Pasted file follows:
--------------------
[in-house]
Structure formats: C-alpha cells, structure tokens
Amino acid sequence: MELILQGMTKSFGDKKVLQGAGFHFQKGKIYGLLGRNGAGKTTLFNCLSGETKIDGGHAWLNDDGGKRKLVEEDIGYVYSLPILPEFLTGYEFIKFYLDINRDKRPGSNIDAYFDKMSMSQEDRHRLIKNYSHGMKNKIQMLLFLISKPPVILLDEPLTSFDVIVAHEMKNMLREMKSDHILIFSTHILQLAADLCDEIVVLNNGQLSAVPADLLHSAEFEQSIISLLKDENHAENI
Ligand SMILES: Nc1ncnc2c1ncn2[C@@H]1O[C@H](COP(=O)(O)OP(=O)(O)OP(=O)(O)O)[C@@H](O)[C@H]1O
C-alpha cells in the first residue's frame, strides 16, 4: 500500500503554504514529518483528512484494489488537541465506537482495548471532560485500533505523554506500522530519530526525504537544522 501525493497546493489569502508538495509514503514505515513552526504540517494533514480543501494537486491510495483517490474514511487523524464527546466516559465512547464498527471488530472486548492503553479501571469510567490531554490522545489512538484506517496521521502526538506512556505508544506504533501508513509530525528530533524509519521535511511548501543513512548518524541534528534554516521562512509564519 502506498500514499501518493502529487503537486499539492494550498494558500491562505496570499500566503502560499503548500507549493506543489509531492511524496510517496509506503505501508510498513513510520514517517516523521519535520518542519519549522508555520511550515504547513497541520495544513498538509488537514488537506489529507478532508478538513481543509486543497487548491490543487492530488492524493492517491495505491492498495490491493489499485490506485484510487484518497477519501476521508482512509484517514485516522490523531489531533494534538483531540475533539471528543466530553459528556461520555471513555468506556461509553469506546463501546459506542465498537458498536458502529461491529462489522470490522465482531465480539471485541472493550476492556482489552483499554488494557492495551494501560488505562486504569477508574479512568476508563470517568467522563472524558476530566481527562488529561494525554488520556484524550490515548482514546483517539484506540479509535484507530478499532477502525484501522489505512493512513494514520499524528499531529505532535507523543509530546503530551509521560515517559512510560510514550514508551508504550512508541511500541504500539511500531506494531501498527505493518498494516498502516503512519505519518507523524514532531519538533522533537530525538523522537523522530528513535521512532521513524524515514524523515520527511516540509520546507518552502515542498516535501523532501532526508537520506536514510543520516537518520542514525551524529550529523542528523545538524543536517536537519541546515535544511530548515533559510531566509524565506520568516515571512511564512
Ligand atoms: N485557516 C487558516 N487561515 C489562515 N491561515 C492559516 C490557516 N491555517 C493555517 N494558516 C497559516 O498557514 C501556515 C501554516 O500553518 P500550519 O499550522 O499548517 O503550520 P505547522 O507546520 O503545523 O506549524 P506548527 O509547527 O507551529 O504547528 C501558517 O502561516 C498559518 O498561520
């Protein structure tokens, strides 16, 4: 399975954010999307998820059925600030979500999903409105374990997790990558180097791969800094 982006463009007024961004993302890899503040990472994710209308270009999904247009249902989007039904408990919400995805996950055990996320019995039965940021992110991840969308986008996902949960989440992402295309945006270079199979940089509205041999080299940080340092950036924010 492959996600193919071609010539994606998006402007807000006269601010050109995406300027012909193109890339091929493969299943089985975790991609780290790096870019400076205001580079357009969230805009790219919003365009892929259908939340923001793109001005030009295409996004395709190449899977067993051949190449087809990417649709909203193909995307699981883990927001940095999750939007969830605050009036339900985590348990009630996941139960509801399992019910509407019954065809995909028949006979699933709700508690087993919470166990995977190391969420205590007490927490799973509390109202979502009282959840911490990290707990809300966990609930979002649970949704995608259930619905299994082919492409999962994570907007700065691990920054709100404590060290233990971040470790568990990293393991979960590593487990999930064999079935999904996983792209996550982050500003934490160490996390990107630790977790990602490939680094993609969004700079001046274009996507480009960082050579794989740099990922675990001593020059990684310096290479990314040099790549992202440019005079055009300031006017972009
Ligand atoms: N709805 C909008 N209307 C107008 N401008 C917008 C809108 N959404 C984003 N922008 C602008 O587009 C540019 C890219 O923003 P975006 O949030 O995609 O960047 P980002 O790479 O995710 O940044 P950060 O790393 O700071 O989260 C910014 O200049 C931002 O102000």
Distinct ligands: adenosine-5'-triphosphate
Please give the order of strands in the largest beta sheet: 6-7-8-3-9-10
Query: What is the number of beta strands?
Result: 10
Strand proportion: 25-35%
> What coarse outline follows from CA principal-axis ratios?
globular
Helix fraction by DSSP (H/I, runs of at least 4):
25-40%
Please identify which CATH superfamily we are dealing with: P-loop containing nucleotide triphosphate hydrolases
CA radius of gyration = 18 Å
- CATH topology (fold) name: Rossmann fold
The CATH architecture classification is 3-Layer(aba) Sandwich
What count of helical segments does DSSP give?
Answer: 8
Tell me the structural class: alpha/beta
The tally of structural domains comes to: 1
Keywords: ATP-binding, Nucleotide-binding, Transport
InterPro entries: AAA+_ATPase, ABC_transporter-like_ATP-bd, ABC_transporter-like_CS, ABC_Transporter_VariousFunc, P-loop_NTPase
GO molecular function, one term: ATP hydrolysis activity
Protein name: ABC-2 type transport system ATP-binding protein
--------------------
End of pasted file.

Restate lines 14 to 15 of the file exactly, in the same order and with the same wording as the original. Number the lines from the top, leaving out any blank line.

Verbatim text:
> What coarse outline follows from CA principal-axis ratios?
globular